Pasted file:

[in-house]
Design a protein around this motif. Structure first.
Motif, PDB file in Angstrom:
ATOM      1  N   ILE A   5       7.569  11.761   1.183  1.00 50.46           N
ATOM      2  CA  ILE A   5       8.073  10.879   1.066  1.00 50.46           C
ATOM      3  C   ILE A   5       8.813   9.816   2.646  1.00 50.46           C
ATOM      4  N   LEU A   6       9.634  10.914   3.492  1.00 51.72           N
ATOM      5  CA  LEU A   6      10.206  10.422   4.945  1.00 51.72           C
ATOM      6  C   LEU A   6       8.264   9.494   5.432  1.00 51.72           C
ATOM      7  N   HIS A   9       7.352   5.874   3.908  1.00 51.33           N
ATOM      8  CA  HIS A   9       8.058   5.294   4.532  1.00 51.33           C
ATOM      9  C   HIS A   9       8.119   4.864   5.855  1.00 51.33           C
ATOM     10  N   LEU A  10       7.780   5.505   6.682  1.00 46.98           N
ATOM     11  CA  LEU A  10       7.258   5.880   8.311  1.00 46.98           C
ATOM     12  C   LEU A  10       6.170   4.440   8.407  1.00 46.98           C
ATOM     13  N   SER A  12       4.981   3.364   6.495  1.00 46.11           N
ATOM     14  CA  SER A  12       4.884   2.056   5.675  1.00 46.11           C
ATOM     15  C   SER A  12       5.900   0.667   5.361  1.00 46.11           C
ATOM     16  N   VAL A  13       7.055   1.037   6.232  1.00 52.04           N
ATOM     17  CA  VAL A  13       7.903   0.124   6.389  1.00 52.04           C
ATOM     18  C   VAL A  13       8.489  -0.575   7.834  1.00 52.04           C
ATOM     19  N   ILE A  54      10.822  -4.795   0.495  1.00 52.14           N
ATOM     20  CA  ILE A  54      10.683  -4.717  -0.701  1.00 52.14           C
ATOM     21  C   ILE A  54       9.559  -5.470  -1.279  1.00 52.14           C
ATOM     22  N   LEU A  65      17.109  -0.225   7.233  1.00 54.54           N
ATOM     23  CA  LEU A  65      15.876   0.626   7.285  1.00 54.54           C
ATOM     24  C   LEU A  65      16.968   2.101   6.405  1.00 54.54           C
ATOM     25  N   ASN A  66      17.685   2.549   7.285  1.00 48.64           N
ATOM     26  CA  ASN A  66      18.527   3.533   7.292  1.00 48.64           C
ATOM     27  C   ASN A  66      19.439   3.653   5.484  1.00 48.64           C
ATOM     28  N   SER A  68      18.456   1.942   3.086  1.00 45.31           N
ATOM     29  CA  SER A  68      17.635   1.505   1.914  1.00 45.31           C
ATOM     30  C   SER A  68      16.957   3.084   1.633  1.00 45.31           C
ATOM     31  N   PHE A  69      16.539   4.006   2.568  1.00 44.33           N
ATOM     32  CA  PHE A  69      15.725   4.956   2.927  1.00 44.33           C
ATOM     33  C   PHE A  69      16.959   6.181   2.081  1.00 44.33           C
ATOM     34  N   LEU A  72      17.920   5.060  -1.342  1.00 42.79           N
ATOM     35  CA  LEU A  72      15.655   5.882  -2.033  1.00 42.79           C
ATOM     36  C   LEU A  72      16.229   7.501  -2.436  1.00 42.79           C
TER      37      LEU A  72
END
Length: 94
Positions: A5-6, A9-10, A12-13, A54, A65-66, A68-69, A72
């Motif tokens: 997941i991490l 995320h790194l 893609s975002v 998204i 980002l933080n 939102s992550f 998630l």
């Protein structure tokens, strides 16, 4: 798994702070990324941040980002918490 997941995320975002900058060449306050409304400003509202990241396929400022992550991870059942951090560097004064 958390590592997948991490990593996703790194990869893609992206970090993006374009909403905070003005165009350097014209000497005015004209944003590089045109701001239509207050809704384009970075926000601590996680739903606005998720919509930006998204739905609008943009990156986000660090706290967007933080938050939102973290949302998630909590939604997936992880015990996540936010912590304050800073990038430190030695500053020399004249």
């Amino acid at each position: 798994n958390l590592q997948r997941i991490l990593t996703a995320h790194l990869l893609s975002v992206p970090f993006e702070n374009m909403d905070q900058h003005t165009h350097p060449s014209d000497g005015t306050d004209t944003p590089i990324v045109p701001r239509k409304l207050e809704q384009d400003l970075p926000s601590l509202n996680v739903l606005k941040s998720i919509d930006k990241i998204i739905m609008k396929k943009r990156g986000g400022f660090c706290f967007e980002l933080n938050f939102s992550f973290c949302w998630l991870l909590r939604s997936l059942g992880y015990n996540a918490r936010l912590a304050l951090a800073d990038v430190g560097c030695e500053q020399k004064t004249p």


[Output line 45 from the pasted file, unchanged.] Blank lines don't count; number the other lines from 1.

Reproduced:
């Protein structure tokens, strides 16, 4: 798994702070990324941040980002918490 997941995320975002900058060449306050409304400003509202990241396929400022992550991870059942951090560097004064 958390590592997948991490990593996703790194990869893609992206970090993006374009909403905070003005165009350097014209000497005015004209944003590089045109701001239509207050809704384009970075926000601590996680739903606005998720919509930006998204739905609008943009990156986000660090706290967007933080938050939102973290949302998630909590939604997936992880015990996540936010912590304050800073990038430190030695500053020399004249």